Films about the massacre of the Christchurch mosque announced in Cannes | Fun

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Flowers and messages are placed outside the Lakemba mosque in Sydney on March 20, 2018, five days after the mass attacks on two mosques in Christchurch that killed 50 Muslim faithful in the city. Photo: AFP

CANNES: The massacre of the New Zealand mosque in which a white supremacist massacred 51 people must be turned into a film called Hi brother, his producer told the media in Cannes on Wednesday.

The film, which follows a refugee family that flees Afghanistan for the salvation of Christchurch just to get involved in the carnage, was made by Egyptian producer Moez Masoud, he said Variety magazine.

"In Christchurch, March 15, the world witnessed an unspeakable crime against humanity," said Masoud Variety, saying that his team members were currently in New Zealand to meet the victims' survivors and families.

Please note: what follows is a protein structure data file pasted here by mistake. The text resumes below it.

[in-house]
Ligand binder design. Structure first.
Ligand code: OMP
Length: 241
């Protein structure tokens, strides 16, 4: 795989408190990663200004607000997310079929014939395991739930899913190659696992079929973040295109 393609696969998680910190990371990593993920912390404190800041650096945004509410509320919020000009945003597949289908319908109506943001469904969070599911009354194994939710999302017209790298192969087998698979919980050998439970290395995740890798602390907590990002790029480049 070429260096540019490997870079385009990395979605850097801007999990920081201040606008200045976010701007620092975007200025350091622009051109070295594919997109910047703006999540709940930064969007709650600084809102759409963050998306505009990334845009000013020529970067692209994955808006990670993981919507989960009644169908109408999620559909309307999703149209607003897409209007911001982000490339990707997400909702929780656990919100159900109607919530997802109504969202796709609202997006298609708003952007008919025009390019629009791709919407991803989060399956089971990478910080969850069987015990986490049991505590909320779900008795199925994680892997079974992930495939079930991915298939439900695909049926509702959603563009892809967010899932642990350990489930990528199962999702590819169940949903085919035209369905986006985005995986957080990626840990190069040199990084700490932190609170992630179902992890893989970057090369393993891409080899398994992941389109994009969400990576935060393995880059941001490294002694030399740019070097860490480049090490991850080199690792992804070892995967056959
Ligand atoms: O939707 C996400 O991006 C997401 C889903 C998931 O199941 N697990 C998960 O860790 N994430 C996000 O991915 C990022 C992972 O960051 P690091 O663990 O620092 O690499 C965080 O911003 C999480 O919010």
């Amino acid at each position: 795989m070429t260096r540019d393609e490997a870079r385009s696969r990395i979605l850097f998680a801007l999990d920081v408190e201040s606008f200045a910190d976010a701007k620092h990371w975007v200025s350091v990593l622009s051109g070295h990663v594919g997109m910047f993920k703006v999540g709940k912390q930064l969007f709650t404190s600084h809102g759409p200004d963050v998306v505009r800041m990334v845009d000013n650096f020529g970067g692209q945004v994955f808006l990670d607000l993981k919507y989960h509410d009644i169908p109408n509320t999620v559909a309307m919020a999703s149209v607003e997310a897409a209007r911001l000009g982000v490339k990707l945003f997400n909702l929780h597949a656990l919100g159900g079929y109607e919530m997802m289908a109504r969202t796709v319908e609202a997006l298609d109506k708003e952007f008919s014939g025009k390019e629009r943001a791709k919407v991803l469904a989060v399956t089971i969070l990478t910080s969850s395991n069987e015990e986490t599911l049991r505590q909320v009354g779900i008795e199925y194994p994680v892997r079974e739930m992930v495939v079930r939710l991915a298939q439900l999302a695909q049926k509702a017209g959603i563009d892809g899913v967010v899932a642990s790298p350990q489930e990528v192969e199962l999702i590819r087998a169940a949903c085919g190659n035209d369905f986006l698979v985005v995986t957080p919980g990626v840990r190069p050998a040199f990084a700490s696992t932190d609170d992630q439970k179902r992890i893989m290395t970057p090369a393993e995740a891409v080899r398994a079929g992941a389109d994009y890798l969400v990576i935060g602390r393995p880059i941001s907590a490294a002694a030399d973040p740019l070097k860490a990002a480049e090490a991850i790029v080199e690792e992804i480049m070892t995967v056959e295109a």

"The story that" Hello Brother "will bring to the public is just a step in the healing process, so we could better understand each other and the root causes of hatred, racism, supremacy and terrorism."

The title is based on the words of welcome given by an elderly Afghan as he greets the armed man at the gates of the Al Noor mosque. He was shot to death, but his words were taken around the world as a call against hatred.

The news of the production was announced on the second day of the Cannes film festival, just two months after the bloodshed.

Reacting to the announcement, the Christchurch-based Muslim Association of Canterbury, which represents Islamic organizations in the region, said it had not been contacted regarding plans to make such a film.

"We have not had any proposal like this presented to us nor have we agreed," wrote the organization on its Facebook page, although a man had visited the mosque Tuesday with some "vague ideas" on shooting something.

"We cannot stop these projects if the filmmakers decide to undertake them, but the Canterbury Muslim Association considers the dignity and privacy of our community and the dignity of those whose lives have been considered of primary importance," he said.

Masoud co-wrote the screenplay and the film is produced by his Acamedia Pictures.

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